DSM-IV-TR suggests that clinicians should assess clinically relevant personality traits that do not necessarily constitute a formal personality disorder (PD), and should note these traits on Axis II, but DSM-IV-TR does not provide a trait model to guide the clinician. Our goal was to provide a provisional trait model and a preliminary corresponding assessment instrument, in our roles as members of the DSM-5 Personality and Personality Disorders Workgroup and workgroup advisors. An initial list of specific traits and domains (broader groups of traits) was derived from DSM-5 literature reviews and workgroup deliberations, with a focus on capturing maladaptive personality characteristics deemed clinically salient, including those related to the criteria for DSM-IV-TR PDs. The model and instrument were then developed iteratively using data from community samples of treatment-seeking participants. The analytic approach relied on tools of modern psychometrics (e.g. item response theory models). A total of 25 reliably measured core elements of personality description emerged that, together, delineate five broad domains of maladaptive personality variation: negative affect, detachment, antagonism, disinhibition, and psychoticism. We developed a maladaptive personality trait model and corresponding instrument as a step on the path toward helping users of DSM-5 assess traits that may or may not constitute a formal PD. The inventory we developed is reprinted in its entirety in the Supplementary online material, with the goal of encouraging additional refinement and development by other investigators prior to the finalization of DSM-5. Continuing discussion should focus on various options for integrating personality traits into DSM-5.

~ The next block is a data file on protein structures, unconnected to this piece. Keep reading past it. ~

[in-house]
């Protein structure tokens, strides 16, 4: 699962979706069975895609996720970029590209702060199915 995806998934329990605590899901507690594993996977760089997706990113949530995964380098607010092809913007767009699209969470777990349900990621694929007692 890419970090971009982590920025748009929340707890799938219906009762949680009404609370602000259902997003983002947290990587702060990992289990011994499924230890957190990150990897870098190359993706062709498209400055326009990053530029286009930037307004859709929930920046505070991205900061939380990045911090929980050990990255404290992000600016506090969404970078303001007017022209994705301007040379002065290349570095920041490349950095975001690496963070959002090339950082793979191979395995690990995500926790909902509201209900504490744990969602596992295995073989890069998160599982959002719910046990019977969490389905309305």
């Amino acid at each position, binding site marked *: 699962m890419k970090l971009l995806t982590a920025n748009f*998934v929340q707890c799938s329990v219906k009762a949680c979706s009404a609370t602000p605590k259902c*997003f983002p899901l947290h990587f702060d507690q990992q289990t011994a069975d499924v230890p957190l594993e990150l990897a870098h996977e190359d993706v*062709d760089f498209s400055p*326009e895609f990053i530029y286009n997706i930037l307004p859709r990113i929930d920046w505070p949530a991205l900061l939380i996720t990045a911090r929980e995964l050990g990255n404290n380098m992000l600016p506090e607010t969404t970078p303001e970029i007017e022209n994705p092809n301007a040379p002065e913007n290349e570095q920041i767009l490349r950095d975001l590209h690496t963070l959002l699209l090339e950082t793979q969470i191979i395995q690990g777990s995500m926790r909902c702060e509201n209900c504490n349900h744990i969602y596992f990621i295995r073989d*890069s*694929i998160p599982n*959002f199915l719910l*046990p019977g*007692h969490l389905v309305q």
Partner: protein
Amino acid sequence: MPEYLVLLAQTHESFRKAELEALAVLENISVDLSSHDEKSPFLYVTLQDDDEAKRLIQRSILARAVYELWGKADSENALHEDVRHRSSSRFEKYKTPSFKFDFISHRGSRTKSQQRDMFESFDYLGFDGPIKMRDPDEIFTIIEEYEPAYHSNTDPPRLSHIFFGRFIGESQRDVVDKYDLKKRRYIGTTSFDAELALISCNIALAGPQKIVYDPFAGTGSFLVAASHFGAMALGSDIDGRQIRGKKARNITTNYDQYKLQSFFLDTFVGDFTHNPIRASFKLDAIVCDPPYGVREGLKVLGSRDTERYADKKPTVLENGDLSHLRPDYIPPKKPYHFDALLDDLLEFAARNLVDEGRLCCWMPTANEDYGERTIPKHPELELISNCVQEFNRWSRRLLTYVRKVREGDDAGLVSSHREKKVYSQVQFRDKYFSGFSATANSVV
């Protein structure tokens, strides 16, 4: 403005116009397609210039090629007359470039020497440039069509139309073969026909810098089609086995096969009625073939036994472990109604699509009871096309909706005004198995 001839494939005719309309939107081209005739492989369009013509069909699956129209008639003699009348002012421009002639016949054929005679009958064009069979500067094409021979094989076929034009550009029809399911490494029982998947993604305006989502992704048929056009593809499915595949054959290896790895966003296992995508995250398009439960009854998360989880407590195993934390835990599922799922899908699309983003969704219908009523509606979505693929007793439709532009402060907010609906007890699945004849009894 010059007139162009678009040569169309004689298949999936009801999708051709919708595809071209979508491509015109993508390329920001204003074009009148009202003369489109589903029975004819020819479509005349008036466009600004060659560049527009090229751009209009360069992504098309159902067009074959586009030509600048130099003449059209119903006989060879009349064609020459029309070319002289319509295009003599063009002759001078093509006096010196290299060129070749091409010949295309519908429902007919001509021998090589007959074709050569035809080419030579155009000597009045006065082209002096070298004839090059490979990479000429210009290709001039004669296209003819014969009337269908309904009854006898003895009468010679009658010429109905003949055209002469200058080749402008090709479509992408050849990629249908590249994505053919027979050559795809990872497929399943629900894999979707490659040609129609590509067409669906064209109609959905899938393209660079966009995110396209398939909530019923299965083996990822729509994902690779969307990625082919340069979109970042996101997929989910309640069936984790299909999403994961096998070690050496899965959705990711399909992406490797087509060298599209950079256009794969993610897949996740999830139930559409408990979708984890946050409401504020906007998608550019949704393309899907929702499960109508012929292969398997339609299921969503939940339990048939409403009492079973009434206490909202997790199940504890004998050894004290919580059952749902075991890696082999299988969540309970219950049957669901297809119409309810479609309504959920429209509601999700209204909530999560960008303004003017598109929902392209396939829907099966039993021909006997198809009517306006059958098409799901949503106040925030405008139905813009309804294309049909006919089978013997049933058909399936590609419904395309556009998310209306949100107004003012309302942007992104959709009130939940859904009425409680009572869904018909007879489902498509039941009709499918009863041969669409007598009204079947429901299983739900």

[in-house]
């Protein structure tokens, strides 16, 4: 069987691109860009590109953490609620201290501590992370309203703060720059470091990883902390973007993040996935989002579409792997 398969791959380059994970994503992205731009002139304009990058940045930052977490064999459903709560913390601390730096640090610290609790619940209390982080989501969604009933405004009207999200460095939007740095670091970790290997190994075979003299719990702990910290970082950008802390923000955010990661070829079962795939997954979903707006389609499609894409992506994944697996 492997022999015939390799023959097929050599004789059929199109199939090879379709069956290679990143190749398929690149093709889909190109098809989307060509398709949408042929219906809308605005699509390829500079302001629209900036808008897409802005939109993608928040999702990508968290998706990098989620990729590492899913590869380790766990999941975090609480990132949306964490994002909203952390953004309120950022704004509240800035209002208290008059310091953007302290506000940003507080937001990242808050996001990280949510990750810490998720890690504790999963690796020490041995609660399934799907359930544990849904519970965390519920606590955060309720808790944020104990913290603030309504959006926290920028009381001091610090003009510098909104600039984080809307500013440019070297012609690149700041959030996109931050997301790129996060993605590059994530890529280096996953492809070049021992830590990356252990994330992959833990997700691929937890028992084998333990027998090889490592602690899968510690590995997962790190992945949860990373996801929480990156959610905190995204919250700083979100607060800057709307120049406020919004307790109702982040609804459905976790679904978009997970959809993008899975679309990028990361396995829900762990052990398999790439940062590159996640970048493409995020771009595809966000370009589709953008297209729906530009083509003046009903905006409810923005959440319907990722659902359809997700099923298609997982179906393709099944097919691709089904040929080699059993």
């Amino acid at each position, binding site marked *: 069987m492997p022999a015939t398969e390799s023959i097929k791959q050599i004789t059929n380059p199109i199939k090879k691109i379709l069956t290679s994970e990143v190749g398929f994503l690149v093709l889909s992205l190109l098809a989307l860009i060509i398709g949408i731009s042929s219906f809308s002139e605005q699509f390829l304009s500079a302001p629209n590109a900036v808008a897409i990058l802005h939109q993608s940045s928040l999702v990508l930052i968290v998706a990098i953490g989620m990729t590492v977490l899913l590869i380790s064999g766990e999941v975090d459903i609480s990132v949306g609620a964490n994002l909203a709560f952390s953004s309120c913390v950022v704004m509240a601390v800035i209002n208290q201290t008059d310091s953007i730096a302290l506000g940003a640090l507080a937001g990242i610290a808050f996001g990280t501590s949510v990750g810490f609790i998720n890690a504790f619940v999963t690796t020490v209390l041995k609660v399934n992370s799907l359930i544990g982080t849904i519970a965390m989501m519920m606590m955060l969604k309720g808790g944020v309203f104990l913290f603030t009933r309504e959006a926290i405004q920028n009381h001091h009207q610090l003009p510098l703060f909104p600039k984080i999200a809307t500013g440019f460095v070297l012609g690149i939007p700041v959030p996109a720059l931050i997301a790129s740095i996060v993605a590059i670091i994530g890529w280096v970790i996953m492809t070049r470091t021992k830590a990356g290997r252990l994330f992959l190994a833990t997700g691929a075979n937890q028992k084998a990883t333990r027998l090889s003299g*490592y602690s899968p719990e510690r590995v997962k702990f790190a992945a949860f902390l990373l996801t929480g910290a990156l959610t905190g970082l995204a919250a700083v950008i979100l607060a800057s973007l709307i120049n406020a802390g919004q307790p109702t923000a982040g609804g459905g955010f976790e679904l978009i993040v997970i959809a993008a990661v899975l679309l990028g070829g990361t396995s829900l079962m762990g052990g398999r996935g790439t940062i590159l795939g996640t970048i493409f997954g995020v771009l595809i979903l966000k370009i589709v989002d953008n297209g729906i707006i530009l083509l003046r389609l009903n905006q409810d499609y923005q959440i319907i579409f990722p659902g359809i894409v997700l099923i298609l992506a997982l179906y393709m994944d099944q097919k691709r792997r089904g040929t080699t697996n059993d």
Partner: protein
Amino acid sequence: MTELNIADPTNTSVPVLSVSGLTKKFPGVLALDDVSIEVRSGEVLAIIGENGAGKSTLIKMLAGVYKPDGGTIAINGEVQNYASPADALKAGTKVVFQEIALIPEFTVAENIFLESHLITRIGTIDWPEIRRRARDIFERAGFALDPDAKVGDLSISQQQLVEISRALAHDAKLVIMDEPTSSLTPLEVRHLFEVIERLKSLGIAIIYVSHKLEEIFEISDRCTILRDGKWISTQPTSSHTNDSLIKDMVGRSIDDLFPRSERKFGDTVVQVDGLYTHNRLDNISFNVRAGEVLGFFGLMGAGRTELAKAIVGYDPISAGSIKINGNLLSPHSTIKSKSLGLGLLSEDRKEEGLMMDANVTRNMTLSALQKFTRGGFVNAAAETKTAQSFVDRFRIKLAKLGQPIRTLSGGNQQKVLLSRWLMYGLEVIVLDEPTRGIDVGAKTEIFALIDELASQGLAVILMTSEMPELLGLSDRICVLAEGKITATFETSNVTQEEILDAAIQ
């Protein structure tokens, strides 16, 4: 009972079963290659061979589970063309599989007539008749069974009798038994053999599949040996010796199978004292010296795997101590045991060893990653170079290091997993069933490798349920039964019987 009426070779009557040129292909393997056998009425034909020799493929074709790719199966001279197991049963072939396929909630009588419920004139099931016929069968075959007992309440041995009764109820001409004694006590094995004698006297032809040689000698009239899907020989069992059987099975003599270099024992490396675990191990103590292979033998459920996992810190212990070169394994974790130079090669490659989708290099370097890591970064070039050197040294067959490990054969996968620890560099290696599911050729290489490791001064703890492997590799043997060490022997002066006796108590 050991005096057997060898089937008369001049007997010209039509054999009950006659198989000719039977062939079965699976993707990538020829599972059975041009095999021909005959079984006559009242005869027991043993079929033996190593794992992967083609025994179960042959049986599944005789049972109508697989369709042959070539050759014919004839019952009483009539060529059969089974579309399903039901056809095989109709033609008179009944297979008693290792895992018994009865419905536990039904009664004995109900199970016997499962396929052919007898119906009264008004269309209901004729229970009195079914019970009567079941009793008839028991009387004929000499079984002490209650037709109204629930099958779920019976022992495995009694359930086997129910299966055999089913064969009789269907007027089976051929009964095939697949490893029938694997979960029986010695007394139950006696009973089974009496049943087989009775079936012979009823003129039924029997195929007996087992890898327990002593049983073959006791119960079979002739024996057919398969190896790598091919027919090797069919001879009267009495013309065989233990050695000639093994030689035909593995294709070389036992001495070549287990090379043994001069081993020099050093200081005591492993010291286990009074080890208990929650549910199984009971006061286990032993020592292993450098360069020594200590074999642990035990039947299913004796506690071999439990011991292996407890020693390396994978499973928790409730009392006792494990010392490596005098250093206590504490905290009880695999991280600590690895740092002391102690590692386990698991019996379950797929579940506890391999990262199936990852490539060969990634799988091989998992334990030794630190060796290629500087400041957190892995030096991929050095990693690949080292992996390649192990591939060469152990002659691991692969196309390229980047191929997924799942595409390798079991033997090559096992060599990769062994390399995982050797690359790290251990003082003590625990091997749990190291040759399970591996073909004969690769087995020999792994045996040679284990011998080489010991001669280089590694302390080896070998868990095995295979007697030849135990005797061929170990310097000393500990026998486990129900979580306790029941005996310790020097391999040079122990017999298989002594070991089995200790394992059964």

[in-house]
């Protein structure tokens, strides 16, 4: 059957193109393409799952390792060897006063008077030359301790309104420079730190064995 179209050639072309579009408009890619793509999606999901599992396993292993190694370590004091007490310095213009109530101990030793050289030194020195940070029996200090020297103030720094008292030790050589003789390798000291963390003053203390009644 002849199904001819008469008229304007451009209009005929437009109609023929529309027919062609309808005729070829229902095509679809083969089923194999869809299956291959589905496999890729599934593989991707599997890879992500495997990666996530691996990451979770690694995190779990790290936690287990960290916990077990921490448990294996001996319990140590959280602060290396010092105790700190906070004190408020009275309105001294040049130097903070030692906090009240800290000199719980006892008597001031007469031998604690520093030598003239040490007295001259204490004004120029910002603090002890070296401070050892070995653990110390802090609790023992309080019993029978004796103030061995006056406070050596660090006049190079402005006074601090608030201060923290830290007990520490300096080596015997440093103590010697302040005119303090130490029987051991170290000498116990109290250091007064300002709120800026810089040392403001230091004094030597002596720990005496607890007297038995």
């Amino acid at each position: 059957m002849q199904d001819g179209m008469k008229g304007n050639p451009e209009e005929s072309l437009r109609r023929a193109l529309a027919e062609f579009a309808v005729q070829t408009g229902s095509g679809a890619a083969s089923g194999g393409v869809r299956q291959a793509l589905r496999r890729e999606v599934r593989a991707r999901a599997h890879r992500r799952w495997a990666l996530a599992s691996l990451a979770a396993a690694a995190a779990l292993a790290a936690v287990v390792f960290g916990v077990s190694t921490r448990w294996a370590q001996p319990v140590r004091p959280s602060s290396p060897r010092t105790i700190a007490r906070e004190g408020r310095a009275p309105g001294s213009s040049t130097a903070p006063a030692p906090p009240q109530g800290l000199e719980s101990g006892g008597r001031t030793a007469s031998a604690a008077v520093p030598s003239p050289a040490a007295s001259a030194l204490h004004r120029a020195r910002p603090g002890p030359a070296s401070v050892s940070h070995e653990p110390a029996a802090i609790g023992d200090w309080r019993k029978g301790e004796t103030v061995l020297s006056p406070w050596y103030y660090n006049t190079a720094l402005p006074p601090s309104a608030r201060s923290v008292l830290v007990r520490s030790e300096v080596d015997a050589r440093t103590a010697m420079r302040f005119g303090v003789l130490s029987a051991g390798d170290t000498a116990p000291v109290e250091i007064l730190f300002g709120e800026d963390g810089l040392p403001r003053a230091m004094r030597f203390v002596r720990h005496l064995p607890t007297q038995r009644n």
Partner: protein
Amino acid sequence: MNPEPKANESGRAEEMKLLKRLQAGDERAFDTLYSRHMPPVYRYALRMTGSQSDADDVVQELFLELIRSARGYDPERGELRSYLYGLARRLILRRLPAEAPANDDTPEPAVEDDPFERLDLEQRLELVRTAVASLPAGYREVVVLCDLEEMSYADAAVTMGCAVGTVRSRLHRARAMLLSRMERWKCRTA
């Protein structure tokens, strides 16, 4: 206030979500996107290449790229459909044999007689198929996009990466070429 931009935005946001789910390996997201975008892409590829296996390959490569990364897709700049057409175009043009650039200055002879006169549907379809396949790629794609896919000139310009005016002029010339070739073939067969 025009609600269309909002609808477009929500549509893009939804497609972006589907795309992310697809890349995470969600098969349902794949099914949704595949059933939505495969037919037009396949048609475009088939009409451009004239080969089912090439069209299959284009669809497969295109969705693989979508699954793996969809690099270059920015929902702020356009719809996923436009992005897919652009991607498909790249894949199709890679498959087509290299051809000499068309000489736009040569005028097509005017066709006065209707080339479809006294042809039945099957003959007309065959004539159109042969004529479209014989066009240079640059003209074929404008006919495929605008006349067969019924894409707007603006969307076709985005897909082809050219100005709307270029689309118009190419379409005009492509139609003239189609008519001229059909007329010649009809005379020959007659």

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            Ten-year course of borderline personality disorder: psychopathology and function from the Collaborative Longitudinal Personality Disorders study.